WenYu and I had a great time on the south shore this past Saturday, finishing up the last bit of shopping that needed to be done before she leaves for college next week. We had a fun time together, and enjoyed our lunch stop at Puka Dogs in Poipu.
This will be WenYu’s last week of work for the summer; Saturday is her final day. She’s been starting to get her things organized, and packing will begin in earnest next weekend. We’ll finish that up on Monday, and on Tuesday morning she and I will leave to take her back to Massachusetts.
Although she’s not our youngest child, WenYu was our last baby, the last child whose diapers we changed, watched take her first step and all those other milestones. Brett and I had requested to adopt an older child, a toddler between the ages of two and four because we were getting older, and had also gotten rid of almost all of the baby things we had borrowed for Meiling’s arrival. When we got “the call” from our social worker two months earlier than expected, letting us know that we had been matched with a 10-month old baby, we were told we could turn down the referral because she was so much younger than we had requested. However, Brett and I both felt there must have been a good reason this baby was matched to us, and we accepted the referral without hesitation.
WenYu was and continues to be the easiest baby/toddler/child/teenager/young woman to raise. There were no “terrible” years, ever. No scenes, no tantrums, no talking back, no demands, no sulking. We could have sent her to have tea with the Queen at age three and not worried about her manners or ability to make conversation. She’s always been a good listener, and able to see what’s under the surface in almost every situation . . . an old soul. She has always provided a calm, serene presence in our family. She is the child that eats anything without complaint; the one that when you ask for an opinion gives a thoughtful one, and with kindness; the student who gives a little bit more than what is asked for.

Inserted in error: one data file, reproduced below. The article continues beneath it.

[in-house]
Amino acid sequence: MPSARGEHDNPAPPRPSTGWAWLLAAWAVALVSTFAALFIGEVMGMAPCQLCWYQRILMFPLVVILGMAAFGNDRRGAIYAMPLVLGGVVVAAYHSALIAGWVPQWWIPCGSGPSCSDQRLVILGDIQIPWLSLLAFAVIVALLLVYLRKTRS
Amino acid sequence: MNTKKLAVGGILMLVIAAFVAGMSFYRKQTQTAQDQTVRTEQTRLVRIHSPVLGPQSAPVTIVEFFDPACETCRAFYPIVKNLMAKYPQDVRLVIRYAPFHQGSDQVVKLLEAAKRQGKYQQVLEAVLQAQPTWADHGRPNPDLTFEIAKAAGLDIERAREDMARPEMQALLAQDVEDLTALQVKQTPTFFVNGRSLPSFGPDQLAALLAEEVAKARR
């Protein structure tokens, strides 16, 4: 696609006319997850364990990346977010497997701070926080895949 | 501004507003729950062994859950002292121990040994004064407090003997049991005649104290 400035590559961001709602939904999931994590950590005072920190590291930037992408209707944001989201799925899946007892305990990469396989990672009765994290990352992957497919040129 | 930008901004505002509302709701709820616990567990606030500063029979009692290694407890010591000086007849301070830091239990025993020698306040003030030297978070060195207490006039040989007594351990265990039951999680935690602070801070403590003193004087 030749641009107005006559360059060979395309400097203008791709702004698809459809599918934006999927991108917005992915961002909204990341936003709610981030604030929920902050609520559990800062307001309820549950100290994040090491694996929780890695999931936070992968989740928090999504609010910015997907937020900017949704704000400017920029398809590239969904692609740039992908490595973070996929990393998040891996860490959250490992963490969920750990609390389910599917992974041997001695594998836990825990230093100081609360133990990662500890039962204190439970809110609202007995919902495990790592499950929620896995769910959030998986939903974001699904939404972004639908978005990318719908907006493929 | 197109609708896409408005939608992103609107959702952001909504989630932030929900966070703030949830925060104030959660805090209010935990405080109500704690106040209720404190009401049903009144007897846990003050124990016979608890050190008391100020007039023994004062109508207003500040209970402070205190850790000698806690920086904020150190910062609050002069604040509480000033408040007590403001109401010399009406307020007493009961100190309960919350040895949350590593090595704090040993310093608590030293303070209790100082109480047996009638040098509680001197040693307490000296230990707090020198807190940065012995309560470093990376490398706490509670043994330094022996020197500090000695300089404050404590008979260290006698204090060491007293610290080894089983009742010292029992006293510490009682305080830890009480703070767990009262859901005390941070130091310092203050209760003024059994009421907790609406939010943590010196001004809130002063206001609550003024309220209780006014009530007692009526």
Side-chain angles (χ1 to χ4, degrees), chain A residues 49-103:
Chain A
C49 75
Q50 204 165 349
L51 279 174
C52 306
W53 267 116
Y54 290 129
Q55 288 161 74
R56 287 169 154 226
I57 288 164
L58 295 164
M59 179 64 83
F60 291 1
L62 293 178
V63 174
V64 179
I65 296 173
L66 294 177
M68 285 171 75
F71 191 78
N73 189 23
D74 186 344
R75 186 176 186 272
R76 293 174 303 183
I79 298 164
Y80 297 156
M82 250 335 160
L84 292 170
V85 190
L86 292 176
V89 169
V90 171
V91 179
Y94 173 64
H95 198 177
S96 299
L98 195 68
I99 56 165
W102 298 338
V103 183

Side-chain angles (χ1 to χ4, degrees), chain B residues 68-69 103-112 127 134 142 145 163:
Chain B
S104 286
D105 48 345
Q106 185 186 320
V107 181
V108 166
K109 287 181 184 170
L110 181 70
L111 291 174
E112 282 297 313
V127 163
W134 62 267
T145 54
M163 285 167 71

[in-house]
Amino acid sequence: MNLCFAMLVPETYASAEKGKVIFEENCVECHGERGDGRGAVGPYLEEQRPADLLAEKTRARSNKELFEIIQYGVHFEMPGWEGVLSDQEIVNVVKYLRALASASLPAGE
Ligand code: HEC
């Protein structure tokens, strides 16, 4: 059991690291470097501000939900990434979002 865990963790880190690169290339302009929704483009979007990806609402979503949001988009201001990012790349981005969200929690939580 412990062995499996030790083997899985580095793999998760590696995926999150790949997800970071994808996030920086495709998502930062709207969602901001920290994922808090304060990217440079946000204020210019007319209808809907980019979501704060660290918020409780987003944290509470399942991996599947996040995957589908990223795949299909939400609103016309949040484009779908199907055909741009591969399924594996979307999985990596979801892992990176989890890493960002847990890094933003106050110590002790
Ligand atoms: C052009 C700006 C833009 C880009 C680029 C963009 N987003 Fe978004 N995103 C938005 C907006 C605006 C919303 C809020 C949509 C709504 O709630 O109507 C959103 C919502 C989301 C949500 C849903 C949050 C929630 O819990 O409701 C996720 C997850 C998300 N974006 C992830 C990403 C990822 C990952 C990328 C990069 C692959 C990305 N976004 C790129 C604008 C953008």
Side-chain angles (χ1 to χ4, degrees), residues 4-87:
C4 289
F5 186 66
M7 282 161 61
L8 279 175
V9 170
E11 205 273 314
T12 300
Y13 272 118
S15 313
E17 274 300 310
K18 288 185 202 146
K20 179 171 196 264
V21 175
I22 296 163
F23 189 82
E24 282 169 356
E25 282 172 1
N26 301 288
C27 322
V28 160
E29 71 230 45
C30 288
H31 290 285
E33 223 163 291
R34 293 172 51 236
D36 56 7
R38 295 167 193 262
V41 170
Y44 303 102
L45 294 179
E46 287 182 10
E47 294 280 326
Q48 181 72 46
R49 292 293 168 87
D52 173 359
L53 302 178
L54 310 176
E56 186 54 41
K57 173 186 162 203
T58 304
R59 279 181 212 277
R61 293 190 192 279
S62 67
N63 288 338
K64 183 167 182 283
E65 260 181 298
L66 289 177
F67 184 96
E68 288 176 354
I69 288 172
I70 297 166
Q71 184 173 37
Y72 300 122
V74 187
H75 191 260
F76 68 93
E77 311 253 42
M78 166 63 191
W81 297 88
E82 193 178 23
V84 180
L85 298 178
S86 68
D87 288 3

She’s never been a pushover though. She knows how to assert herself, both subtly and otherwise, and you know if she asks you stop, or says no, that she means it. One of my favorite memories was when I took her to swim lessons when she was three years old. Meiling was also learning to swim and took to it like a fish to water, moving up to the next level after each six-week session. WenYu, on the other hand, happily went along to the pool, put on her swimsuit without complaint, got into the pool with her classmates, and then did nothing. She ended the year at the same level she started because she was just not interested in learning to swim at age three and this was how she chose to assert herself. But the next year? She decided she was ready, and after that she was the one moving up after each session, and ended up surpassing everyone else. We’ve learned that she may do things on her own schedule, but she always gets done what she needs to, and always on time.
Is she perfect? Most definitely not. Her spirit animal is the sloth, and her pace can sometimes leave the rest of us feeling very frustrated. She’s a packrat and her room is always a mess, and I genuinely feel for her upcoming roommate. We’ve made her promise that she at least keeps her mess to her side of the room.
WenYu wrote the following when she was 16:
Sometimes as an adoptee, I feel like my mosaic is flipped over, so all my pieces are undetected, mounted on a foreign substance — material that is familiar to me, but completely bizarre to some. People want to inspect me. They want to know my “dramatic” life story. They want to know about my “real” parents. Am I related to my sisters? Would I change anything? In return, I smile and shake or nod my head respectfully, but in the back of my mind I can’t help but wonder, “Why does it matter?”
I don’t mind being asked these questions. I believe curiosity isn’t something that should be held in contempt, but sometimes I am confronted by people who believe that because I’m adopted, I’m missing a crucial part of who I am. They look at me as though my picture can never be complete. My personal experiences have actually had the opposite effect. I am confident in this growing montage of myself. I know what I like, what I believe in, what I want to do with my life. I don’t think anyone can control these things. Of course our parents will influence us, but it is my own decision whether I find their opinions to be true or not.
As I’ve grown, more pieces have been added to my “big picture,” slowly covering that unknown material that is my foundation. I was born a clean slate, but it was me who found these fragments that made my mosaic strong. After 15 years of being an adoptee, I realize that everyone is defined by more than where or who they come from. I am more than blood and DNA. I am more than a pair of brown eyes. I am a mind, and a voice. I am somebody’s daughter. Someone’s sister, whether we came from the same people or not. I am—in the simplest, most true way of describing it—Me.
We are going to miss WenYu so very, very much, but at the same time we are so excited for her that we can barely stand it. She is ready to fly away as her own person, and we want to yell, “Look out world! Here she comes!”